Does the BRI Increase China’s Influence?

Beijing’s extensive infrastructure projects don’t seem to be translating into political clout.

Political leaders in the United States and other democratic nations have been expressing concern about growing Chinese “influence” around the world. In a 2022 speech at George Washington University in Washington, D.C., for example, U.S. Secretary of State Antony Blinken said: “China is a global power with extraordinary reach, influence, and ambition,” which has been using this power to alter the multilateral institutions and arrangements that have shaped the international system since the end of World War II. More recently, the former Australian Prime Minister Malcolm Turnbull, while introducing a new “foreign interference” law, called China “the most active state and political party seeking to influence public affairs in Australia.”

One key element in China’s influence campaigns is its substantial economic investments around the world—and especially its Belt and Road Initiative (BRI). Since its inception in 2013, the BRI has expanded to include infrastructure projects in almost 150 nations across Africa, Asia, Europe, and Latin America, and is estimated at $1 trillion. Observers claim that the BRI’s goals are twofold. First, China seeks to expand trade, especially as its domestic growth slackens. Second, through support for infrastructure projects, the Chinese government aims to bolster its soft power and exert political influence over recipient countries.

Though the effort appears to be paying off on the first goal—by some estimates, China’s exports to BRI recipients have doubled over the past decade and now total nearly $1 trillion—the other question remains: Is the BRI generating political influence for Beijing?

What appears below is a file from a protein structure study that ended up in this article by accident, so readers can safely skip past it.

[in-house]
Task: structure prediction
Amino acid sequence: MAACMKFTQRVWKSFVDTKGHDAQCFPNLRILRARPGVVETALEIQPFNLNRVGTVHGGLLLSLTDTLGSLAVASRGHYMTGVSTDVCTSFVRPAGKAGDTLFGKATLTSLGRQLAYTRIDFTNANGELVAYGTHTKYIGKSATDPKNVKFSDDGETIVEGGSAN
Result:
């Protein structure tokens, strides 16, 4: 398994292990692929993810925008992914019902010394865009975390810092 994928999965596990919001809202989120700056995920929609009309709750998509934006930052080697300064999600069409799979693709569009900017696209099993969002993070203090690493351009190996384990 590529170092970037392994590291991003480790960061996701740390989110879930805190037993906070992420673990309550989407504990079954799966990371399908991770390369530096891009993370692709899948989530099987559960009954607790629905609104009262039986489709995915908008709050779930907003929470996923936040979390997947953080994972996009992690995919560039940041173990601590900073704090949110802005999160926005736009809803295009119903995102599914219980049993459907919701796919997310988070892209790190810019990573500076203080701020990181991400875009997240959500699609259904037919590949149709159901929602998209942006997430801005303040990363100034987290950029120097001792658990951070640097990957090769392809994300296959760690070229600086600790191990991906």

Our research suggests otherwise. How politicians talk about China is important—it presumably reflects some measure of population sentiment toward the Chinese government, and it likely shapes how constituents will want their government to engage with Beijing in the future. Judging by the public statements made by politicians running for and holding elected office in three Southeast Asian countries that are prime targets for Beijing (the Philippines, Malaysia, and Indonesia), we find no evidence for BRI-related influence.

The question of whether BRI is generating so-called influence requires first defining the term in a way we can measure it. If scholars are not careful, assertions about influence can quickly fall into exaggeration and hyperbole, leading to misguided policy formulation.

We suggest that Beijing is trying to build coalitions of actors (e.g., producers of raw materials that China consumes) within target states that share at least some of its goals and take actions that advance its interests. This refined form of influence is much closer to the concern that many Western policymakers have about Chinese investment activities.